3. Waiting for Guffman – Christopher Guest
Of all the Christopher Guest masterpieces, Waiting for Guffman uses his acting skills to best effect. He leads the pack as Corky St. Claire, delivering a flawless performance, all the while directing a large ensemble of actors (not to mention a film crew) who have no written dialogue. For any who are new to the Guest movies, I highly recommend this hilarious and sweet movie.
4. Unforgiven – Clint Eastwood
After Clint Eastwood became an icon of the screen, but before his movies started politicizing and moralizing, he brought a great story to life in Unforgiven. This movie combined the best of Clint’s ability to play the brooding loner cowboy and his technical skills as a director to not only make a disturbing movie but also help bring about the revitalization of the movie Western. Though an homage to classic Westerns and in some ways affectionate towards them, Eastwood didn’t shy from depicting its dark and depraved depths, both in Gene Hackman in scary mode and in the “hero” himself. I have only seen Unforgiven once, but it left a clear and unshakable impression on me, and I think Eastwood has yet to beat it.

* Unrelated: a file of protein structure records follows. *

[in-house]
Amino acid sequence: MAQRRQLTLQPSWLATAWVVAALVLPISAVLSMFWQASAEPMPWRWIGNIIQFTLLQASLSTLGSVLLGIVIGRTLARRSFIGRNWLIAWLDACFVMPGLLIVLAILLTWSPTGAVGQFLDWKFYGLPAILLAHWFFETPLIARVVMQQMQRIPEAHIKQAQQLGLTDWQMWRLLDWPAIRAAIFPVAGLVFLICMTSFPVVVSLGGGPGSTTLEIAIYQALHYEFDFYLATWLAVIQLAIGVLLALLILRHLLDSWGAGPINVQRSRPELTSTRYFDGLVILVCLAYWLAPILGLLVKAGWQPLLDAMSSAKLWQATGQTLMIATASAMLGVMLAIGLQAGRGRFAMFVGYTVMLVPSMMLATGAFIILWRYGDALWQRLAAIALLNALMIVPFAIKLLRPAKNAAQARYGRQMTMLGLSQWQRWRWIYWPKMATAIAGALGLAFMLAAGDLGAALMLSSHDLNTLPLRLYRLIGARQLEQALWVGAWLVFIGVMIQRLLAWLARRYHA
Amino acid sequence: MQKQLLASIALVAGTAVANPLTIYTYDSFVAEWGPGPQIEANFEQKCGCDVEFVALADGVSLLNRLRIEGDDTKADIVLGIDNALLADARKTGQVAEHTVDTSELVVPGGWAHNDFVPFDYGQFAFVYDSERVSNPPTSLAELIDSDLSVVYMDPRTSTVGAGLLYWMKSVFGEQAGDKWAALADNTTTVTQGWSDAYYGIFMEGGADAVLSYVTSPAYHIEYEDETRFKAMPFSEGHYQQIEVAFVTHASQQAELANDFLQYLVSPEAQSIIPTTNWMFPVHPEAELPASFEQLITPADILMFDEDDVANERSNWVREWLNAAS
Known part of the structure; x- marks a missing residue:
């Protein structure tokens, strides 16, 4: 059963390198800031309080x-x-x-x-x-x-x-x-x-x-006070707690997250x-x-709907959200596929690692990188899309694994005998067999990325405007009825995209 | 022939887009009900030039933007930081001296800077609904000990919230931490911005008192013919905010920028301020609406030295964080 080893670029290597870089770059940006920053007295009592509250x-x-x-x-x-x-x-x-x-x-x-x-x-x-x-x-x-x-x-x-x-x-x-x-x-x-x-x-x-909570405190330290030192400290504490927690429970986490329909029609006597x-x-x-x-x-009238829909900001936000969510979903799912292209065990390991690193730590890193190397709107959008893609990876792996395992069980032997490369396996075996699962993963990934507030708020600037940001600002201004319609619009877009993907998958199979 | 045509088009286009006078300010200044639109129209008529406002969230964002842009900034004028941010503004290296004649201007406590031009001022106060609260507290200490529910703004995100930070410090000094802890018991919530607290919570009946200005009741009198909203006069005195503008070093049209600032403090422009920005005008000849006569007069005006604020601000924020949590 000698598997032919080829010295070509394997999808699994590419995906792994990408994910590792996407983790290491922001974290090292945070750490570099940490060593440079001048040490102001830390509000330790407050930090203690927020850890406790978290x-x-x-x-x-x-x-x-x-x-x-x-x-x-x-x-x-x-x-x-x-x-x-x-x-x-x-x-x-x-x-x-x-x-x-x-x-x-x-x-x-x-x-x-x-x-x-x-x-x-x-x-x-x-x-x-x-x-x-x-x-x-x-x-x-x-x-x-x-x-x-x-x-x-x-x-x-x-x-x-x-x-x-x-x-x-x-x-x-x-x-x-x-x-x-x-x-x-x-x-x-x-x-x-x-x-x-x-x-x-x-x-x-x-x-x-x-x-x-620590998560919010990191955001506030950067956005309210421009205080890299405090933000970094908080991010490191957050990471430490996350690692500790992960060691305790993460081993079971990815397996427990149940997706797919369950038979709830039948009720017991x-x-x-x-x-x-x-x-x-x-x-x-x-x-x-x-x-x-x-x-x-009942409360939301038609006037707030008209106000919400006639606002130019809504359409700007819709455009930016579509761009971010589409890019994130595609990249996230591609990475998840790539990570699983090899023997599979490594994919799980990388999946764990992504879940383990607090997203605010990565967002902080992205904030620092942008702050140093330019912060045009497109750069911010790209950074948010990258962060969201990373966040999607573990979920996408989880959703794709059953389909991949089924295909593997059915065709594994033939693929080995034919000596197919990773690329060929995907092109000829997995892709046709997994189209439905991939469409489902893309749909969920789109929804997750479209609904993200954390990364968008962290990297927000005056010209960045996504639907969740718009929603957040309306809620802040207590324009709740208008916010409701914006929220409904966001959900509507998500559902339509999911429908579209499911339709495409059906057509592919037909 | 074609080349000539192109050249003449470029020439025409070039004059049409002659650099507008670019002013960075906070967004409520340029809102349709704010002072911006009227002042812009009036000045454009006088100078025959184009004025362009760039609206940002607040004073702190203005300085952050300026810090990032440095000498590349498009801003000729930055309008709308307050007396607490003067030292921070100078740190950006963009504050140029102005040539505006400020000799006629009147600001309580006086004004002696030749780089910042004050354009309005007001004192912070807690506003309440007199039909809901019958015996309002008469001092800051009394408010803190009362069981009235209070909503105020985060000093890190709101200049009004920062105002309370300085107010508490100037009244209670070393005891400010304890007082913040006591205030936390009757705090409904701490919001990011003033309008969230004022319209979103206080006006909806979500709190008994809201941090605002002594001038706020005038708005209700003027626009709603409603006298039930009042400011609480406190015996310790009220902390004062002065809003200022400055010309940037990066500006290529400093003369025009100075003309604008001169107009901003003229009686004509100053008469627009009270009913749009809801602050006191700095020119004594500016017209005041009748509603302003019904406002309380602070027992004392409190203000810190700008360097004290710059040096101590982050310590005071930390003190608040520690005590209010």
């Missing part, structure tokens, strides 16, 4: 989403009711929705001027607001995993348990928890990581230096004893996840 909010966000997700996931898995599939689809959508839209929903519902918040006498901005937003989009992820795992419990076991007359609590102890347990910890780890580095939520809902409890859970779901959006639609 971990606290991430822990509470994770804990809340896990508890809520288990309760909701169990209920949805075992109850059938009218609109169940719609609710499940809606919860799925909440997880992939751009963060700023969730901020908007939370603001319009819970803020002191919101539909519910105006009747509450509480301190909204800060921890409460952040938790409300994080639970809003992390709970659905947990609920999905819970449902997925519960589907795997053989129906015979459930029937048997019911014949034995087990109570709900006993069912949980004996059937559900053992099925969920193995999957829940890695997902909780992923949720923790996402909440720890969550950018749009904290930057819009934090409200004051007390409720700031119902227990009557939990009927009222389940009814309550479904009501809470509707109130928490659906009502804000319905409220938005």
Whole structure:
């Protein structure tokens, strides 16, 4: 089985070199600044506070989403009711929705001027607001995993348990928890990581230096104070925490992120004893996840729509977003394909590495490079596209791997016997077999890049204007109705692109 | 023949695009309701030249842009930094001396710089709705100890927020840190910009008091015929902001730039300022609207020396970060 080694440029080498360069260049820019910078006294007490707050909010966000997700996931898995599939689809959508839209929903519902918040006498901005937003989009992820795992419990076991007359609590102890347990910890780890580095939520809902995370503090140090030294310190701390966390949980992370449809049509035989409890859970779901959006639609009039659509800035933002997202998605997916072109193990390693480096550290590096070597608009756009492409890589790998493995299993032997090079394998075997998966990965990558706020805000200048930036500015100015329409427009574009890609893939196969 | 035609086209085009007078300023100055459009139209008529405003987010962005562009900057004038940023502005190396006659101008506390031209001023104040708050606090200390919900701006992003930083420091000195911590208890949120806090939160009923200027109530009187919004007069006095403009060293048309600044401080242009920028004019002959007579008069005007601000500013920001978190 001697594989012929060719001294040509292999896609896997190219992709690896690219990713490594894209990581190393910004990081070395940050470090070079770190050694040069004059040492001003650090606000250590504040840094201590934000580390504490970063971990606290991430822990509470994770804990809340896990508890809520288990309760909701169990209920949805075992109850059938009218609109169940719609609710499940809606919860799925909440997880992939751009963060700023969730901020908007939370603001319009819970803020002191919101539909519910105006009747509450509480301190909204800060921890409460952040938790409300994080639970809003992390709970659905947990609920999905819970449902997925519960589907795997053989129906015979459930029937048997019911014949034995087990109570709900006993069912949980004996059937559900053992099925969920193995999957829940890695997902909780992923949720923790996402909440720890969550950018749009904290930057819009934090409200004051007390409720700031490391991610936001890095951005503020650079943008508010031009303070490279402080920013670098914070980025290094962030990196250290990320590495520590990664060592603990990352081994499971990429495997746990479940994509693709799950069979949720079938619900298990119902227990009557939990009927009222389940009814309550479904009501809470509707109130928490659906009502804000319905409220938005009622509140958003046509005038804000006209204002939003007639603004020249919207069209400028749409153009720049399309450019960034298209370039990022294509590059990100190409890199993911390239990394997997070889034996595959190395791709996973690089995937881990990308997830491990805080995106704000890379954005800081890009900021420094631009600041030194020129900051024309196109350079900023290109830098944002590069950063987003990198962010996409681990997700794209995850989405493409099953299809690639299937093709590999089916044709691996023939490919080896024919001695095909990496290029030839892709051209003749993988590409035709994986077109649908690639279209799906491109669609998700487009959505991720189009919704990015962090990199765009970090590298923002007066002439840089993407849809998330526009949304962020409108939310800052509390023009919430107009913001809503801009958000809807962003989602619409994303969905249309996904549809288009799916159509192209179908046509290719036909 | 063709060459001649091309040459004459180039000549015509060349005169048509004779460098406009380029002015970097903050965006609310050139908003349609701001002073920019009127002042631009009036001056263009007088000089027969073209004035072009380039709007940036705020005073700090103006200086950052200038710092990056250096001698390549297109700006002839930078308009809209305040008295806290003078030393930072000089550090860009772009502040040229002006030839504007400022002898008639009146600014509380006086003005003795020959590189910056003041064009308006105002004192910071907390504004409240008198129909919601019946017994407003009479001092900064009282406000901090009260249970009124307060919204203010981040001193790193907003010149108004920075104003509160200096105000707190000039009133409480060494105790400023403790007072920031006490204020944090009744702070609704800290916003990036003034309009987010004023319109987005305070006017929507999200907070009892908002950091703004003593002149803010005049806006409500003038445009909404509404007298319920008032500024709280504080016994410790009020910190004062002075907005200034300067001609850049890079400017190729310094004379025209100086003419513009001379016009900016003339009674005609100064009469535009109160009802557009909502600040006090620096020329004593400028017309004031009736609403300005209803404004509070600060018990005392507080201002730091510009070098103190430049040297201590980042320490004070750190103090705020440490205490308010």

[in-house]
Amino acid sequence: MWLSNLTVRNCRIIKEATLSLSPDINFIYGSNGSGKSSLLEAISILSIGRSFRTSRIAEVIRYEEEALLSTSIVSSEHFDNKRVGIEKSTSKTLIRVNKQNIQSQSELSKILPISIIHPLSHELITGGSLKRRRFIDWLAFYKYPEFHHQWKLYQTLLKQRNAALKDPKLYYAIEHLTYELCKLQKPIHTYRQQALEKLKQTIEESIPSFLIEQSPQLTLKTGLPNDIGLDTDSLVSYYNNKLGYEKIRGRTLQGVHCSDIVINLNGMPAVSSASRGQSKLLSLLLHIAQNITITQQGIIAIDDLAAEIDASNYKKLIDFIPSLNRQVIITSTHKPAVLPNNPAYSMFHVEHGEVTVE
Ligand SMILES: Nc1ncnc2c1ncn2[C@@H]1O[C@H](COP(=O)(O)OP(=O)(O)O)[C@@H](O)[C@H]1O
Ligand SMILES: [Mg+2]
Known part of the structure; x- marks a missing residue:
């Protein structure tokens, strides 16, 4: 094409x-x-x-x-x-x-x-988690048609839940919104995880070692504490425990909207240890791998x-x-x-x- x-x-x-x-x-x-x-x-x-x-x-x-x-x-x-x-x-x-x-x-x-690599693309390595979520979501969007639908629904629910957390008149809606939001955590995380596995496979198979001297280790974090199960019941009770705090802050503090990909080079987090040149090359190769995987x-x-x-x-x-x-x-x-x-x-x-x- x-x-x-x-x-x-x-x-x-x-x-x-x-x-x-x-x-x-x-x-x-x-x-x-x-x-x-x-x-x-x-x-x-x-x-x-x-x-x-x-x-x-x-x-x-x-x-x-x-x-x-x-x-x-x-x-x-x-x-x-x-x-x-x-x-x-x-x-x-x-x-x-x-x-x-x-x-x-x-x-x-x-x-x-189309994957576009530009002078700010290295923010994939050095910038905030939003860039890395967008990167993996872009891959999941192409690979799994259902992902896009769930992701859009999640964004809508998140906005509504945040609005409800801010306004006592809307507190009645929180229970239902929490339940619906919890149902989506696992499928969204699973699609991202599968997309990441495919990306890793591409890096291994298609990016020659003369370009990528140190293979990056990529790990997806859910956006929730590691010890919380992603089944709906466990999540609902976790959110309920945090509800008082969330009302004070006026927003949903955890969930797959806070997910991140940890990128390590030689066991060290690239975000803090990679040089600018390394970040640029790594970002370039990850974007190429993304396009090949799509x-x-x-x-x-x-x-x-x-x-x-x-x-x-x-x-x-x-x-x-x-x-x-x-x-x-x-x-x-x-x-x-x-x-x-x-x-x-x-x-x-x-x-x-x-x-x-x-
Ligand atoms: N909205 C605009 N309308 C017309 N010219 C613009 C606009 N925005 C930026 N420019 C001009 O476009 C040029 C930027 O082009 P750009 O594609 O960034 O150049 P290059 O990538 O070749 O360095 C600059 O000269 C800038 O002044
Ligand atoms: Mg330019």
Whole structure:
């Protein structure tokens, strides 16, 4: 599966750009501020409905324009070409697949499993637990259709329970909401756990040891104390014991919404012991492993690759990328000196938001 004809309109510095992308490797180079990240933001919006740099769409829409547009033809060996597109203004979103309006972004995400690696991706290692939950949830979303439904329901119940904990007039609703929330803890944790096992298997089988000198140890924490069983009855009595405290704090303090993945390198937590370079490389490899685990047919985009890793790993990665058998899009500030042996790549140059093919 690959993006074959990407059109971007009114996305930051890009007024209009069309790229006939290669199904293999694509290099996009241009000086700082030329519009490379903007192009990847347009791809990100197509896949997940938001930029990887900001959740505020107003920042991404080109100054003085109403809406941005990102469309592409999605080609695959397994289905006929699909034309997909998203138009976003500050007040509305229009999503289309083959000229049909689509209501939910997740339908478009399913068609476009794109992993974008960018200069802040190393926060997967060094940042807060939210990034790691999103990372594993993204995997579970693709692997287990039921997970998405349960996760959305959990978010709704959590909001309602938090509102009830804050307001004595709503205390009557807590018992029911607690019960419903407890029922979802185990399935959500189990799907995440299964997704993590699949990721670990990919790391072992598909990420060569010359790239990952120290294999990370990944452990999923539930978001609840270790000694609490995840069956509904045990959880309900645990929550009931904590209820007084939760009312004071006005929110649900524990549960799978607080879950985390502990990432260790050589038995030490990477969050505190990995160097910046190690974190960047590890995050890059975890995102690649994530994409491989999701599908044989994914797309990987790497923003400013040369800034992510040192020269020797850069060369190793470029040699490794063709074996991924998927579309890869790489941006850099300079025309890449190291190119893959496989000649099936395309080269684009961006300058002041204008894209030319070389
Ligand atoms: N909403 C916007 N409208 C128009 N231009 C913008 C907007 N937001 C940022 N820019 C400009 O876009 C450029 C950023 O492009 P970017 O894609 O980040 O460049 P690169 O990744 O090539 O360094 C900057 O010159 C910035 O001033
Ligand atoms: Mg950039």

5. Garden State – Zach Braff
For a first time writer/director, and as an actor known mainly for tv, Garden State isn’t half bad. Actually, it’s pretty freaking great. The script is smart and funny, and Braff’s personal touches completely work with the time and place. When Sam recommends The Shins to Largeman, asserting that the song “New Slang” will change his life, I remember thinking in the movie theater, “No song can possibly live up to…oh wait, he found it. Well played, Mr. Braff.” This movie came out when I was in my senior year of high school, and it hit me in the perfect way at the perfect age, largely thanks to Zach Braff’s excellent acting and direction (not to mention writing).